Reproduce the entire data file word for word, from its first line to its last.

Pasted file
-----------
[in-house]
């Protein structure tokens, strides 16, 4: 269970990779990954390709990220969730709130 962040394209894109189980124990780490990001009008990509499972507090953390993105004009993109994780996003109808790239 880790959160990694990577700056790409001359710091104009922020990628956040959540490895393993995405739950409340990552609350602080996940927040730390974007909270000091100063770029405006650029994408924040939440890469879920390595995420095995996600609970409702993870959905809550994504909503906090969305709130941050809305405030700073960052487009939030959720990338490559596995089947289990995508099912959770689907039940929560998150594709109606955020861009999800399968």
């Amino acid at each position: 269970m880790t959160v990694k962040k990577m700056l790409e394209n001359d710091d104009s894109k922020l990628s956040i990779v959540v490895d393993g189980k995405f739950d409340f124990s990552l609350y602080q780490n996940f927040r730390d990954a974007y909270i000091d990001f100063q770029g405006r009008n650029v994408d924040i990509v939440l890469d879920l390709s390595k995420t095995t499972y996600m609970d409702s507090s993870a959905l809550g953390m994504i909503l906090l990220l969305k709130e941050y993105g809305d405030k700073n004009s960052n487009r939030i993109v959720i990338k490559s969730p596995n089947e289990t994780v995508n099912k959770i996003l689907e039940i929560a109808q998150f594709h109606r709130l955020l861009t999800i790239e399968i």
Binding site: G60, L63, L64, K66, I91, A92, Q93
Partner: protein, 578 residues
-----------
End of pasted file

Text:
[in-house]
């Protein structure tokens, strides 16, 4: 269970990779990954390709990220969730709130 962040394209894109189980124990780490990001009008990509499972507090953390993105004009993109994780996003109808790239 880790959160990694990577700056790409001359710091104009922020990628956040959540490895393993995405739950409340990552609350602080996940927040730390974007909270000091100063770029405006650029994408924040939440890469879920390595995420095995996600609970409702993870959905809550994504909503906090969305709130941050809305405030700073960052487009939030959720990338490559596995089947289990995508099912959770689907039940929560998150594709109606955020861009999800399968």
């Amino acid at each position: 269970m880790t959160v990694k962040k990577m700056l790409e394209n001359d710091d104009s894109k922020l990628s956040i990779v959540v490895d393993g189980k995405f739950d409340f124990s990552l609350y602080q780490n996940f927040r730390d990954a974007y909270i000091d990001f100063q770029g405006r009008n650029v994408d924040i990509v939440l890469d879920l390709s390595k995420t095995t499972y996600m609970d409702s507090s993870a959905l809550g953390m994504i909503l906090l990220l969305k709130e941050y993105g809305d405030k700073n004009s960052n487009r939030i993109v959720i990338k490559s969730p596995n089947e289990t994780v995508n099912k959770i996003l689907e039940i929560a109808q998150f594709h109606r709130l955020l861009t999800i790239e399968i």
Binding site: G60, L63, L64, K66, I91, A92, Q93
Partner: protein, 578 residues